Physical Health and Schizophrenia
Physical Health in People with Schizophrenia
Without a doubt physical health is a problem for people with schizophrenia and whilst the focus of health professionals traditionally has been to minister to the mental health needs, the cost of physical illnesses to those living with schizophrenia and the wider society in premature death, serious illness and poor quality of life has long been under-rated.
The average life expectancy of people living with schizophrenia is about 10 to 20 years less than that of the general population2 and research has shown quite conclusively that people with schizophrenia have increased rates of physical illnesses; in fact over 75% of people with a diagnosis of schizophrenia have at least one chronic physical condition running alongside their schizophrenia and the more severe the schizophrenia is the more severe their physical problems are also likely to be3.
Thus it is clear that, even allowing for suicide (about 10% of people with a diagnosis of schizophrenia will die by their own hand within ten years of diagnosis9), the mortality rate for people with schizophrenia is higher.
The range of illnesses that afflict people with schizophrenia disproportionately is very wide and includes the more obvious candidates like heart disease, stroke and diabetes but also high blood pressure, some cancers, sexual dysfunction, osteoporosis and infectious diseases like HIV, TB and hepatitis3,12.
In addition to being more prone to physical illnesses, people with schizophrenia tend to experience physical health problems at a younger age than other people. In fact in the 25 to 44 age group people with schizophrenia are five times more likely to have a heart problem than someone in the general population3.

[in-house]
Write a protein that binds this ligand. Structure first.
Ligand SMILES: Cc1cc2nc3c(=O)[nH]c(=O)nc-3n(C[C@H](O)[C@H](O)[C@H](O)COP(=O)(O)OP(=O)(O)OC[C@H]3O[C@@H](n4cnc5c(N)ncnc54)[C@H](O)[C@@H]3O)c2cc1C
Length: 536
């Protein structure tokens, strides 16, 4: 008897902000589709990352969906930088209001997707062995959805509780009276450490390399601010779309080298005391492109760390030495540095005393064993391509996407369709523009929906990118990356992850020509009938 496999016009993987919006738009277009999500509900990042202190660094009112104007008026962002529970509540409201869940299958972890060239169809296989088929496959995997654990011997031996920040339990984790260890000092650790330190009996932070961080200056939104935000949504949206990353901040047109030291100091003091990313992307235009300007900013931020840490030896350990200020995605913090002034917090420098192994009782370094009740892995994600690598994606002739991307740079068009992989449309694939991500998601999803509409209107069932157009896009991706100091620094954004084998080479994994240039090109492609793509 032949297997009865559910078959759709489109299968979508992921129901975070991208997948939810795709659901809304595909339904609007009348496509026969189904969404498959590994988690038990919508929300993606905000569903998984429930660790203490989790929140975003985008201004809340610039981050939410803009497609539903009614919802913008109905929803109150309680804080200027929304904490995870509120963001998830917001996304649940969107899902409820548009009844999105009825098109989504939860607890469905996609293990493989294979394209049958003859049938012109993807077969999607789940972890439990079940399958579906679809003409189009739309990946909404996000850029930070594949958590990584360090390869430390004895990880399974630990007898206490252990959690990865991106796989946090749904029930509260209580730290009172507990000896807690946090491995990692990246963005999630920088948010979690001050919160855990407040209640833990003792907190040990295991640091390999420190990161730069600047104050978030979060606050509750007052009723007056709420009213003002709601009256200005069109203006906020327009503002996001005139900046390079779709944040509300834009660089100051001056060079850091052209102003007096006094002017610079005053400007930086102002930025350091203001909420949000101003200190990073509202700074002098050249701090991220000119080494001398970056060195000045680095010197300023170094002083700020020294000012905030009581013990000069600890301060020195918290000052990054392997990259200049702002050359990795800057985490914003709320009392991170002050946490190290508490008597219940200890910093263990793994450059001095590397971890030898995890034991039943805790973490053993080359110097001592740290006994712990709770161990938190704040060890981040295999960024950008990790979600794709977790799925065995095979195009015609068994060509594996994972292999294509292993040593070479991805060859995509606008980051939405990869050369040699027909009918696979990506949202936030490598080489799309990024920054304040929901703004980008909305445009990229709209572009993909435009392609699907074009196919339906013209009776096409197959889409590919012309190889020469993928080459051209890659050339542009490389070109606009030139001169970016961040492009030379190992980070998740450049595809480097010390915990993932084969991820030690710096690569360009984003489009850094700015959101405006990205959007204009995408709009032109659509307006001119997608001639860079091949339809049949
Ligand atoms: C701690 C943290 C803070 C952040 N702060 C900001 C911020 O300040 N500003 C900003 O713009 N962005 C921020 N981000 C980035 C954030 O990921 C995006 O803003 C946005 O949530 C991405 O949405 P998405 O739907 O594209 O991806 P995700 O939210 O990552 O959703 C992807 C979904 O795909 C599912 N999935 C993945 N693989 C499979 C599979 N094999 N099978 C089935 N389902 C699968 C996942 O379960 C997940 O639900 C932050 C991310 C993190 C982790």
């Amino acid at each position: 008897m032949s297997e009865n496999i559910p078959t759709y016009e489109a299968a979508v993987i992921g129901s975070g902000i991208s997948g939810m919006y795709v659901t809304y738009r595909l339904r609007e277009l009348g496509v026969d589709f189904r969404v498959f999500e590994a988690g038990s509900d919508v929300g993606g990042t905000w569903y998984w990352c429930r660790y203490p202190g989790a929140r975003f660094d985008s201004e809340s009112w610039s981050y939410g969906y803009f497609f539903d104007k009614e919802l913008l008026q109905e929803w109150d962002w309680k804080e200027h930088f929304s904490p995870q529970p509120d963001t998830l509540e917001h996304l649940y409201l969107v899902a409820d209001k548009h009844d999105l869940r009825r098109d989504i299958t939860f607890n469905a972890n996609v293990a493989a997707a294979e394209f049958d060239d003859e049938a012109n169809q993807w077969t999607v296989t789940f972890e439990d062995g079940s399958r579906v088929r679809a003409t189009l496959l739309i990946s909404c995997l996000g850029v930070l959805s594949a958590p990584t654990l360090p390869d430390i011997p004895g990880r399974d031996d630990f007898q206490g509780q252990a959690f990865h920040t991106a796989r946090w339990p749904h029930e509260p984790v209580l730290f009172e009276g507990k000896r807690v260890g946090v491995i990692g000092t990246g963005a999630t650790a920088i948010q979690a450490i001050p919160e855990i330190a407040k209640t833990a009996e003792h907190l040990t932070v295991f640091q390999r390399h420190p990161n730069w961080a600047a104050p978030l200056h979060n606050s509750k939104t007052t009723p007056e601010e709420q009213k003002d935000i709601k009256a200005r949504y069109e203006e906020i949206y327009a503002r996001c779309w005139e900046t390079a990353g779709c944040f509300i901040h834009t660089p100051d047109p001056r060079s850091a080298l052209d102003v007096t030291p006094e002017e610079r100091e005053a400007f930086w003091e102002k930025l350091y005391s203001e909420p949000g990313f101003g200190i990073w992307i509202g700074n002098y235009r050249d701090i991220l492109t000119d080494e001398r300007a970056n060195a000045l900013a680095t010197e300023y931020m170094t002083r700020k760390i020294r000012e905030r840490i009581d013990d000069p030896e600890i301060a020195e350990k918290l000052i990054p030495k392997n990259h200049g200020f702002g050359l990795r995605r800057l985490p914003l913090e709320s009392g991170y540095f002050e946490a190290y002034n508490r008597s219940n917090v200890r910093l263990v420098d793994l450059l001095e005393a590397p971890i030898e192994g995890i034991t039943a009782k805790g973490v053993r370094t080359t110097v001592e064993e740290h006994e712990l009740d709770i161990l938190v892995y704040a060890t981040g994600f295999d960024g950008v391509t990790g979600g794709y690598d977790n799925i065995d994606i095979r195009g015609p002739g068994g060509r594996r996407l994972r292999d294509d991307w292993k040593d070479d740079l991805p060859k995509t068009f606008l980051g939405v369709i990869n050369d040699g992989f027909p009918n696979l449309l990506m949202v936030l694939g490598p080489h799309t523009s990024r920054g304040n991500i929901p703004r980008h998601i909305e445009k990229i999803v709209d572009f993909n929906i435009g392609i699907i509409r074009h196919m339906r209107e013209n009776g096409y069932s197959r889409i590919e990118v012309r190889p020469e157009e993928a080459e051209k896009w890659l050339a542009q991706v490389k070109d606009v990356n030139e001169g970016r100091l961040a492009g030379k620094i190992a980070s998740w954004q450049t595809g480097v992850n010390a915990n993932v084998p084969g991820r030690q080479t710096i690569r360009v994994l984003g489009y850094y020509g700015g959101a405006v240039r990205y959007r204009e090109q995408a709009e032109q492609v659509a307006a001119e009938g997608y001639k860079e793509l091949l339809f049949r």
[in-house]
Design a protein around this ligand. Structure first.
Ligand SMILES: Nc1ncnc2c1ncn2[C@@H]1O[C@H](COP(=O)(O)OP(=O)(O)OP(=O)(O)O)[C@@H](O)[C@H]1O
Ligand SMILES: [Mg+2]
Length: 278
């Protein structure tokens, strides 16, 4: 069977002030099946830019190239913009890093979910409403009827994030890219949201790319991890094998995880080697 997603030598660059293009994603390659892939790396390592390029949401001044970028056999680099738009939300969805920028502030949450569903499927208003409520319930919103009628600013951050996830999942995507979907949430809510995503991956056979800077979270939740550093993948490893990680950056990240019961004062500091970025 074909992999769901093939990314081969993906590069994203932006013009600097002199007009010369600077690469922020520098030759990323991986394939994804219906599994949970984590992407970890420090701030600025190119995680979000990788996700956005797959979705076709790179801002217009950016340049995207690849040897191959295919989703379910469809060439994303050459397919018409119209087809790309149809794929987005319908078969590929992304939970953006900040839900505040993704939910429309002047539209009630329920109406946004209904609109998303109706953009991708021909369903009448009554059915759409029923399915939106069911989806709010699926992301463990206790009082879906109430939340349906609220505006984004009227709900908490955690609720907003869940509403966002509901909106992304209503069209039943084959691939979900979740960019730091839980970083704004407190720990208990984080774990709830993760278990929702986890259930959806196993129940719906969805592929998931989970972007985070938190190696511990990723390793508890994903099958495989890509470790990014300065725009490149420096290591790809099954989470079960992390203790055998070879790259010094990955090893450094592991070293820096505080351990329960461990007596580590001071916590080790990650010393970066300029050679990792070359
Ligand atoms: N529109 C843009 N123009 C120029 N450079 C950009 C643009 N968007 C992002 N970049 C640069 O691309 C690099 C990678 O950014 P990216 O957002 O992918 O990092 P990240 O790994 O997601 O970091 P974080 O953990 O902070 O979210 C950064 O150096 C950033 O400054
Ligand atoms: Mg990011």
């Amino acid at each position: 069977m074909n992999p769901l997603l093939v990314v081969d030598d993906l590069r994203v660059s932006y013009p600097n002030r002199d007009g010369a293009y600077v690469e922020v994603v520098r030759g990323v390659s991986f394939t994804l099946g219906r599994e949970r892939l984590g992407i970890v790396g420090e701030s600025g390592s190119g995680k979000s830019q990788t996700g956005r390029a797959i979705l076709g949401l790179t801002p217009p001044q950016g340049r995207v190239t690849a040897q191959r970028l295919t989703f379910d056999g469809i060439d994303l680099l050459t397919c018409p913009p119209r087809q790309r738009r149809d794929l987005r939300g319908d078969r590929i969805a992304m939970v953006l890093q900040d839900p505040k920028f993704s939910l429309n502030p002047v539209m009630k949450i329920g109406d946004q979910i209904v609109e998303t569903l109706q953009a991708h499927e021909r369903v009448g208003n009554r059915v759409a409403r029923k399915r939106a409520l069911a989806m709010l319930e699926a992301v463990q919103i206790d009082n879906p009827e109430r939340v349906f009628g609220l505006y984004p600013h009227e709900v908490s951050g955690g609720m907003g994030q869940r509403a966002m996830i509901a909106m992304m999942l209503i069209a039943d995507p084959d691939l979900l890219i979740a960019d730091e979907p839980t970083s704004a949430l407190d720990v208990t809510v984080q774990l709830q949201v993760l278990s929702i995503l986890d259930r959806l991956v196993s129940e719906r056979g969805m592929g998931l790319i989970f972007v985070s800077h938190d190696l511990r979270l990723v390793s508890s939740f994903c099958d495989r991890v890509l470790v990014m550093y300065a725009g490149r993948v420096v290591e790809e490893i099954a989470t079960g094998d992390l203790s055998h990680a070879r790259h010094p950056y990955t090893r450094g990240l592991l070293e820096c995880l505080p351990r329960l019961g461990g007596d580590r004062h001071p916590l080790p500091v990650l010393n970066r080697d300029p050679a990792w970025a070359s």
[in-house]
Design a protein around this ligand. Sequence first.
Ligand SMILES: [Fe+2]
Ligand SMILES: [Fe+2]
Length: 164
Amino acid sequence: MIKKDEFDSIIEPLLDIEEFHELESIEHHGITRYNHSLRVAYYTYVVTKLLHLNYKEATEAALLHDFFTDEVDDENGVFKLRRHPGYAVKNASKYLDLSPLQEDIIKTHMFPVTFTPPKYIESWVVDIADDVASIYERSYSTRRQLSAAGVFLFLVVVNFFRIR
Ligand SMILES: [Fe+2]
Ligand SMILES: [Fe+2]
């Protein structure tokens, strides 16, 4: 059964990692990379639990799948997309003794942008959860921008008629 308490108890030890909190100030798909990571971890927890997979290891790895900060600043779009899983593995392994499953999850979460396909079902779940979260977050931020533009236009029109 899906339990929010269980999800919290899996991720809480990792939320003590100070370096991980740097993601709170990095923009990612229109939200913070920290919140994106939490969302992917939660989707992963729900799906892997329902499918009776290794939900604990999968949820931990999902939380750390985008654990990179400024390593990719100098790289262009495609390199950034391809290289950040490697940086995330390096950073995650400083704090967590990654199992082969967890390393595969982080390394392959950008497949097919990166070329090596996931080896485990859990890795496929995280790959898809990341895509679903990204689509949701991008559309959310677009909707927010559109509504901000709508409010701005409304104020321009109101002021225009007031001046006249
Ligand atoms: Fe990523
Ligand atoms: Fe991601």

Caring for the Physical Health of People with Schizophrenia
In February 2015, NICE the UK body which sets treatment standards for medical treatment, published a set of new quality standards which specifically addressed the problem of poor physical health in people with schizophrenia. Amongst other standards NICE lays down that people with schizophrenia should now have specific physical health assessments and be given help with healthy eating, physical activity programmes and stopping smoking.
It is to be hoped that this fresh approach will improve care in the NHS as previously the NHS has not been particularly good at looking after the physical health of people with a diagnosis of schizophrenia. In a recent audit of schizophrenia treatment standards in the NHS only about one third of people with schizophrenia had had their physical health properly monitored by their GP and in two thirds of cases where monitoring did pick up a problem such as abnormal blood sugar (which may indicate diabetes) nothing was done about it1.
The Mental Health Service may be no better in this respect. A recent editorial in the Lancet, the doctor’s journal, drew attention to a “worrying” lack of training in physical health needs amongst psychiatrists and psychiatric nurses14.
Lack of attention by the health care professionals to people’s physical health needs is a source of some dissatisfaction amongst people living with schizophrenia. In fact in a recent study over half of those questioned said that they were dissatisfied with this aspect of their health care7.
Common Physical Health Problems in People with Schizophrenia
Obesity (Weight Gain)
Obesity is one of the biggest physical health challenges affecting people with schizophrenia10 and along with obesity go the obesity-related cancers12. From obesity springs a whole host of other chronic problems with serious implications for life expectancy and quality of life.